Scot Paltrow's series of articles on the securities industry, "Investors At Risk," presented an inaccurate picture of Shearson Lehman Bros.
His reporting on the firm was unbalanced and focused, in many cases, on events that took place up to 10 years ago.
What Paltrow--who received our fullest cooperation--failed to mention is the considerable progress Shearson Lehman has made in the compliance area.
Since 1990, we have reduced the number of client complaints by half. Since 1991, we have dramatically improved our New York Stock Exchange ranking on compliance and complaint issues. In a recent standard audit of 55 Water St., the Shearson office cited by Paltrow, the Exchange confirmed that dramatic improvement had been accomplished.
In January of this year, we created new positions within each division of the Private Client Group: divisional legal officers and divisional compliance officers.
This unique concept has had dramatic results in preventing problems through training, etc. at the locations where our financial consultants (FCs) and clients do business.
Our on-going national training program sponsors seminars across the country on compliance and legal issues.
Shearson's code of ethics, principles of professionalism and telemarketing of prospective clients policy hold our FCs accountable for acting with the highest level of professionalism. And our deferred compensation program rewards FCs for good compliance records.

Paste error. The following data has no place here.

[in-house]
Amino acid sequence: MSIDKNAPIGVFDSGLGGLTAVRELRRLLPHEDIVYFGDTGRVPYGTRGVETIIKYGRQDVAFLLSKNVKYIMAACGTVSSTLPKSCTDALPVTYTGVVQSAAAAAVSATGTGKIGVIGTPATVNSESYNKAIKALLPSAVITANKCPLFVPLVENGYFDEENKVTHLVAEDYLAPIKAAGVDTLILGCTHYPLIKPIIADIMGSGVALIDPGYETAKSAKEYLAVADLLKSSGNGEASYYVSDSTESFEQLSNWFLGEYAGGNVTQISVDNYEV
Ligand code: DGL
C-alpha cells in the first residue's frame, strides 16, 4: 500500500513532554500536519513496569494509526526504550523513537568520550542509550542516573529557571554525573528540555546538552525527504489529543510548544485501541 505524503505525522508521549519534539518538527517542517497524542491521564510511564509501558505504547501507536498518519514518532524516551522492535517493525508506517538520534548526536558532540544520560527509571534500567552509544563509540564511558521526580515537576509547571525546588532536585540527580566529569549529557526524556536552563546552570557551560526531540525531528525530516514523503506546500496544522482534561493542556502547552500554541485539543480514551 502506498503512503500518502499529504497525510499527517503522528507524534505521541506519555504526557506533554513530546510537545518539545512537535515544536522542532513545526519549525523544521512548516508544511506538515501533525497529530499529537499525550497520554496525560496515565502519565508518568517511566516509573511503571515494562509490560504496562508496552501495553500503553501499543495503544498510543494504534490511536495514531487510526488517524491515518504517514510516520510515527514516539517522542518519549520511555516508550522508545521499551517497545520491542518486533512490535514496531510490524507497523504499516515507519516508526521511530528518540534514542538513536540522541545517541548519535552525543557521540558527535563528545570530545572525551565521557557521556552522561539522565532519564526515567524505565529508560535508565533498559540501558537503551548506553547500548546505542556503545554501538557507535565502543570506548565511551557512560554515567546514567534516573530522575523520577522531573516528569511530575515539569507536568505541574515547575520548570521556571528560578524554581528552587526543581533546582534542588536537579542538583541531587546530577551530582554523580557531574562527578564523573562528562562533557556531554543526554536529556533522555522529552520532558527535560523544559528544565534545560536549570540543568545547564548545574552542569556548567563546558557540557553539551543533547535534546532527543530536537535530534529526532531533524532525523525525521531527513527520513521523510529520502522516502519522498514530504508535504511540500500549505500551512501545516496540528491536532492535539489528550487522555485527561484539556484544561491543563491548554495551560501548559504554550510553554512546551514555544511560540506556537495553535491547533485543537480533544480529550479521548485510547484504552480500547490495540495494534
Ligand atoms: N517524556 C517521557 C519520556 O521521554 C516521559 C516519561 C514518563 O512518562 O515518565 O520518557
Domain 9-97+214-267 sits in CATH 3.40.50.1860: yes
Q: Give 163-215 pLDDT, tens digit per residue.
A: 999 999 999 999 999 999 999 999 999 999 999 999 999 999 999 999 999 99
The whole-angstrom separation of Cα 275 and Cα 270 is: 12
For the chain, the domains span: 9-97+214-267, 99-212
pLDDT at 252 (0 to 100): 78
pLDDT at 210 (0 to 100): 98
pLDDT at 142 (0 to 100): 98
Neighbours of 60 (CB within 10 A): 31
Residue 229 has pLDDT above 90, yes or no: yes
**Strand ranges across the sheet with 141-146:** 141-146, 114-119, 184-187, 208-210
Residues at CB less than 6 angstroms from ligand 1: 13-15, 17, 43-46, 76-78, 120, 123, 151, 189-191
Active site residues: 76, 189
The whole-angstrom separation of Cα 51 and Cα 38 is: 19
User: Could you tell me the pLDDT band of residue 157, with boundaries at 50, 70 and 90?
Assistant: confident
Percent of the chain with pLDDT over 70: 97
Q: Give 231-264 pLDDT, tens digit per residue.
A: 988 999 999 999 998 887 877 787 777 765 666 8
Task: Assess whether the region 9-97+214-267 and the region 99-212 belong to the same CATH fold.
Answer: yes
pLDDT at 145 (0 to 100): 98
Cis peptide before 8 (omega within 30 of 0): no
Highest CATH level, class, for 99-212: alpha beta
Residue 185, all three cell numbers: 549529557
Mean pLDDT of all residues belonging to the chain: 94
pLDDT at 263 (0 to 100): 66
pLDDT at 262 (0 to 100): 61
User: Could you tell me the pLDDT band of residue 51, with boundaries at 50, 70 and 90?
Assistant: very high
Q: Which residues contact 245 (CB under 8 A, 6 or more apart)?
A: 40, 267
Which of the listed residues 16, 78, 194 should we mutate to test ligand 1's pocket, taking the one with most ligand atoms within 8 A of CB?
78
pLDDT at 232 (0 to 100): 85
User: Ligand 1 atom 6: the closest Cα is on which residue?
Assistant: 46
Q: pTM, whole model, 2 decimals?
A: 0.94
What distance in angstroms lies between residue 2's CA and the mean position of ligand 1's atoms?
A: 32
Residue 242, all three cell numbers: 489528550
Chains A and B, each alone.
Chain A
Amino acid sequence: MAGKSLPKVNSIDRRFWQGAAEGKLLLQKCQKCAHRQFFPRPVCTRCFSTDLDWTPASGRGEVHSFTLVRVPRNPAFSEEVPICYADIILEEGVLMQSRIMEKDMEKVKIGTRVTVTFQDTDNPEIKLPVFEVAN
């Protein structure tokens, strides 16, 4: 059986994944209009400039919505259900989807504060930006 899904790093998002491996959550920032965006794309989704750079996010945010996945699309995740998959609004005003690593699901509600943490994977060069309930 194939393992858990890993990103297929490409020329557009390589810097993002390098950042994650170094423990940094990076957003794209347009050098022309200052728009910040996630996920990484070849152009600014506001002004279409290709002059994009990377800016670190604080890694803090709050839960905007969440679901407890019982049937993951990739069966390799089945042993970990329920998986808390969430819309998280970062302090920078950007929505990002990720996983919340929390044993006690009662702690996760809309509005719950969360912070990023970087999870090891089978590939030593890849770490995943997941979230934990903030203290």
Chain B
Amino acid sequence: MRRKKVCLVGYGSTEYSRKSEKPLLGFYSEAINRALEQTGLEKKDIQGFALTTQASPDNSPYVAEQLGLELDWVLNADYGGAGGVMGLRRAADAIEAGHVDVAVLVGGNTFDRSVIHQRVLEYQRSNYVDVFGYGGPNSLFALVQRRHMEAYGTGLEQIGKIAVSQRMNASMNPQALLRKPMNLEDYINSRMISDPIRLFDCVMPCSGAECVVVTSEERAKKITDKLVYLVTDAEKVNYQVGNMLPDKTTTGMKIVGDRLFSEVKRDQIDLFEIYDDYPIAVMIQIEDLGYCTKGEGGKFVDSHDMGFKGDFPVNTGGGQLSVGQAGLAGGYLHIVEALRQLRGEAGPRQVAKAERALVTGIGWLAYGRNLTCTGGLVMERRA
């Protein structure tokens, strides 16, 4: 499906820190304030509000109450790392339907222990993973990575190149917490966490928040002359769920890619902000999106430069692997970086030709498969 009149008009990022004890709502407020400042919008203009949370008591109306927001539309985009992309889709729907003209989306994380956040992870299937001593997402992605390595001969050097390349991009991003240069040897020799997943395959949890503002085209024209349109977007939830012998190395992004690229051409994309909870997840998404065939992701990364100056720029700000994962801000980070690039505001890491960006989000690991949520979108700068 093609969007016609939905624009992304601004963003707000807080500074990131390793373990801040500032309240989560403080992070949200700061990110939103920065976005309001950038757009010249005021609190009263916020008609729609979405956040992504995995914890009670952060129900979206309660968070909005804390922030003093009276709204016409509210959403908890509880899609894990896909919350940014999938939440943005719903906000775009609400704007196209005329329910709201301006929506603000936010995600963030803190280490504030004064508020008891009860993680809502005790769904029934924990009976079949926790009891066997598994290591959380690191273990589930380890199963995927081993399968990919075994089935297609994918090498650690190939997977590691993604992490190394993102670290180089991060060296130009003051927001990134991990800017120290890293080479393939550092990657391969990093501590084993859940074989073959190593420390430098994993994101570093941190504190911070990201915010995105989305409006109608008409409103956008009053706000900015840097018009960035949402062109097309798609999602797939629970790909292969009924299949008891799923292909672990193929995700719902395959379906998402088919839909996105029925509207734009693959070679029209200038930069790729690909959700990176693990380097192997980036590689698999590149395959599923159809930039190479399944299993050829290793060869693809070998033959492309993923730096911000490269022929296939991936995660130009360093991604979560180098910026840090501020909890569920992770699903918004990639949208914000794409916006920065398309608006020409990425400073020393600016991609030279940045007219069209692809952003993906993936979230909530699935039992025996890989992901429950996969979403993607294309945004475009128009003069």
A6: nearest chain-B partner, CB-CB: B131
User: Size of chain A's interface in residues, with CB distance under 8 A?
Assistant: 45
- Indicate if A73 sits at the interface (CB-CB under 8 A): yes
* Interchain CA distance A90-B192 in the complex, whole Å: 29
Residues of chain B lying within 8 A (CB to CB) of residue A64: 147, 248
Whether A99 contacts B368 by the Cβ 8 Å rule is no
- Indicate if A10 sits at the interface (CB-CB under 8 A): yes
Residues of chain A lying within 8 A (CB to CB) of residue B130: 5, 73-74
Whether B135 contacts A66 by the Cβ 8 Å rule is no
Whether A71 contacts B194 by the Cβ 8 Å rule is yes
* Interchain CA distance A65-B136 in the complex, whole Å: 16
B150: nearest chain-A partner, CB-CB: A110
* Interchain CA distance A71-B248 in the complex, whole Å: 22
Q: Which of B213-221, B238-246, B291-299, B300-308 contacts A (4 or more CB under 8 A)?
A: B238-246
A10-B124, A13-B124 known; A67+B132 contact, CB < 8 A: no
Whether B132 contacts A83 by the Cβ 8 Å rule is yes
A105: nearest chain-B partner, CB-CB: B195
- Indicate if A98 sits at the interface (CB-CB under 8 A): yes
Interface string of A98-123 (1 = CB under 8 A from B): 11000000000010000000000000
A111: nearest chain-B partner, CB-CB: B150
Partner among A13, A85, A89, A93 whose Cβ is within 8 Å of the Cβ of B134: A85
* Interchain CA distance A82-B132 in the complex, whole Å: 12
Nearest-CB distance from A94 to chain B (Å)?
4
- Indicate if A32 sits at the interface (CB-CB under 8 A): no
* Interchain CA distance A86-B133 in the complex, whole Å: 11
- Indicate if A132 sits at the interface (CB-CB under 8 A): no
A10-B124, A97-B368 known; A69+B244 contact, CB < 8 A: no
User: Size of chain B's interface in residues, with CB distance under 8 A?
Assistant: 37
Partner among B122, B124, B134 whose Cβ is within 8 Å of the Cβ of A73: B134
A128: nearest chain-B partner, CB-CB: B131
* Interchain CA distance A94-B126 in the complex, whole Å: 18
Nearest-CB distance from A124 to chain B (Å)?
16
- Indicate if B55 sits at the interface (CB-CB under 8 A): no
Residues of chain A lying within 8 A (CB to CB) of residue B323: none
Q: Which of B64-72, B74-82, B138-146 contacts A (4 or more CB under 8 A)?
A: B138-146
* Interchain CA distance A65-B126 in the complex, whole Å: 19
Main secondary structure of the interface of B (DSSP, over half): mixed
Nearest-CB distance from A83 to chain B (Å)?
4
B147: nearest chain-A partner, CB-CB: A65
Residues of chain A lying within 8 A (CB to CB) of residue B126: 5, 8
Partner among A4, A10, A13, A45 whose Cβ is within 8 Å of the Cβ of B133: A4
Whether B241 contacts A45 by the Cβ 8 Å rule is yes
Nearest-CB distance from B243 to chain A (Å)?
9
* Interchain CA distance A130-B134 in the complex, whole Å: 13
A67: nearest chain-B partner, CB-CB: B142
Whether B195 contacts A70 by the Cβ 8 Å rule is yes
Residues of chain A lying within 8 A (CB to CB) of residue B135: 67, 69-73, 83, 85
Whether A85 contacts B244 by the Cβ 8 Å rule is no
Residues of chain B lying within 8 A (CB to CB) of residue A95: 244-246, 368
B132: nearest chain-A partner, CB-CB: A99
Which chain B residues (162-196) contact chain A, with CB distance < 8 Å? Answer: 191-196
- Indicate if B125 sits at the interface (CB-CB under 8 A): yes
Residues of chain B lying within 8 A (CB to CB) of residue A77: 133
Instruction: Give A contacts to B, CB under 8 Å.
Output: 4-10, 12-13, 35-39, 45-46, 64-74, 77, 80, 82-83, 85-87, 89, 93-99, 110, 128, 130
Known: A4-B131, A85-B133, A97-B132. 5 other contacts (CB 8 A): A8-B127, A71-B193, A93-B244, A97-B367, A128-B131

Long before Paltrow began researching his article, we had begun to terminate FCs who were not performing up to our high standards of conduct.
Paltrow's reluctance to provide your readers with a balanced objective report leaves them with a troubling and inaccurate impression of the brokerage industry.
It also does a terrible injustice to the 17,000 people (including 8,800 financial consultants) in the Private Client Group at Shearson Lehman Bros. who ensure that clients receive the highest quality service.
JOSEPH J. PLUMERI
New York City
The writer is president of Shearson's Private Client Group. Editor's note:
Shearson declined to make available figures on the number of complaints by clients. A company spokesman said the statistics are "confidential" and that it is against Shearson's policy to release them.
In addition, the New York Stock Exchange denies that it maintains any ranking of member firms "on compliance and complaint issues." An exchange spokesman said there is no list indicating where Shearson ranks relative to other firms. Although a Shearson spokesman insisted that such a list exists, he declined to share any such information with The Times.
Both Shearson and the NYSE also refused to make public any part of the recent stock exchange audit of Shearson's 55 Water St. office. The NYSE spokesman declined to comment on Plumeri's description of the audit's findings.